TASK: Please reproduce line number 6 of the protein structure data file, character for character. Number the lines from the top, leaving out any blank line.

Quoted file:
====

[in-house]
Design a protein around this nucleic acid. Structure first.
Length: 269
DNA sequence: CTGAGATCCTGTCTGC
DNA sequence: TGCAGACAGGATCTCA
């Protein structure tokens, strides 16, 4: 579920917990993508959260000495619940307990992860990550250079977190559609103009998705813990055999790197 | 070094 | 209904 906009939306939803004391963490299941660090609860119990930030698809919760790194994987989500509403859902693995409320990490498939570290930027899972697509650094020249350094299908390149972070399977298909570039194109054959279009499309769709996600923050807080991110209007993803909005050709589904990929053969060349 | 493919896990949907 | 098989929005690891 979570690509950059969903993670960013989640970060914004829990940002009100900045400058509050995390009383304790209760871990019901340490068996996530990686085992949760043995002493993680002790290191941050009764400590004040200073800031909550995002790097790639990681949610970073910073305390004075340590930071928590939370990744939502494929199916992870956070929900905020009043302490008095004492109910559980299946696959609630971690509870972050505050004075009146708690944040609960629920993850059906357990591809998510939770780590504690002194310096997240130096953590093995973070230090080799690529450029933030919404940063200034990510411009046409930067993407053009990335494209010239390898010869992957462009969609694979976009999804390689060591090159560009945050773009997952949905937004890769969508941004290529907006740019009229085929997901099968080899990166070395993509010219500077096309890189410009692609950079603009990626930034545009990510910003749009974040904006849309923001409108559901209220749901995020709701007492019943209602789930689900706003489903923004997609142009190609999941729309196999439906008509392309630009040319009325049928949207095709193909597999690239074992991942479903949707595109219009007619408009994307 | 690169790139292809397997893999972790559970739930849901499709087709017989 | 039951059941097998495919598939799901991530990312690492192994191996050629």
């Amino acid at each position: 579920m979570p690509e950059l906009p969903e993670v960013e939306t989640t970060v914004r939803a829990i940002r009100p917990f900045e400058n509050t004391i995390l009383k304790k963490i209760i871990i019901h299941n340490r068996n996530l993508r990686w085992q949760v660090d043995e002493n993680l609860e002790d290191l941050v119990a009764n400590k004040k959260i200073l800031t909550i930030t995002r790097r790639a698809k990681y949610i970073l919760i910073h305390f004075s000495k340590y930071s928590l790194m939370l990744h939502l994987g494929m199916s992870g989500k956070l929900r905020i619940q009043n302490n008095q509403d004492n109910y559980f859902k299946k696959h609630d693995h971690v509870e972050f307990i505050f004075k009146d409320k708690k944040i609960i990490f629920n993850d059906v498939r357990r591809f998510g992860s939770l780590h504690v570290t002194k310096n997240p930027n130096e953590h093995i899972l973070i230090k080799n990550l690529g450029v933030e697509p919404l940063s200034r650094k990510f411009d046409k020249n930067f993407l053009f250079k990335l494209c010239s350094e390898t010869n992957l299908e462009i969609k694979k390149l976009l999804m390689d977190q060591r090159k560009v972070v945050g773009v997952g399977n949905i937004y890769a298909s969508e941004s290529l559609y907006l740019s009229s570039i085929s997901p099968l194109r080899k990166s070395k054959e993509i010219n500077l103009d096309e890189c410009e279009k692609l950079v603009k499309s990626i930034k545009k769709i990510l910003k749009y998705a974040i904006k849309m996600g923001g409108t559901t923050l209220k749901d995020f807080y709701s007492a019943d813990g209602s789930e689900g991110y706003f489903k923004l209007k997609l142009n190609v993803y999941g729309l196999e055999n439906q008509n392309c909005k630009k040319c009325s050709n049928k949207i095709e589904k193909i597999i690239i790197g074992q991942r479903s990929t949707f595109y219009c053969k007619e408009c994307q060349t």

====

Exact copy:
């Protein structure tokens, strides 16, 4: 579920917990993508959260000495619940307990992860990550250079977190559609103009998705813990055999790197 | 070094 | 209904 906009939306939803004391963490299941660090609860119990930030698809919760790194994987989500509403859902693995409320990490498939570290930027899972697509650094020249350094299908390149972070399977298909570039194109054959279009499309769709996600923050807080991110209007993803909005050709589904990929053969060349 | 493919896990949907 | 098989929005690891 979570690509950059969903993670960013989640970060914004829990940002009100900045400058509050995390009383304790209760871990019901340490068996996530990686085992949760043995002493993680002790290191941050009764400590004040200073800031909550995002790097790639990681949610970073910073305390004075340590930071928590939370990744939502494929199916992870956070929900905020009043302490008095004492109910559980299946696959609630971690509870972050505050004075009146708690944040609960629920993850059906357990591809998510939770780590504690002194310096997240130096953590093995973070230090080799690529450029933030919404940063200034990510411009046409930067993407053009990335494209010239390898010869992957462009969609694979976009999804390689060591090159560009945050773009997952949905937004890769969508941004290529907006740019009229085929997901099968080899990166070395993509010219500077096309890189410009692609950079603009990626930034545009990510910003749009974040904006849309923001409108559901209220749901995020709701007492019943209602789930689900706003489903923004997609142009190609999941729309196999439906008509392309630009040319009325049928949207095709193909597999690239074992991942479903949707595109219009007619408009994307 | 690169790139292809397997893999972790559970739930849901499709087709017989 | 039951059941097998495919598939799901991530990312690492192994191996050629």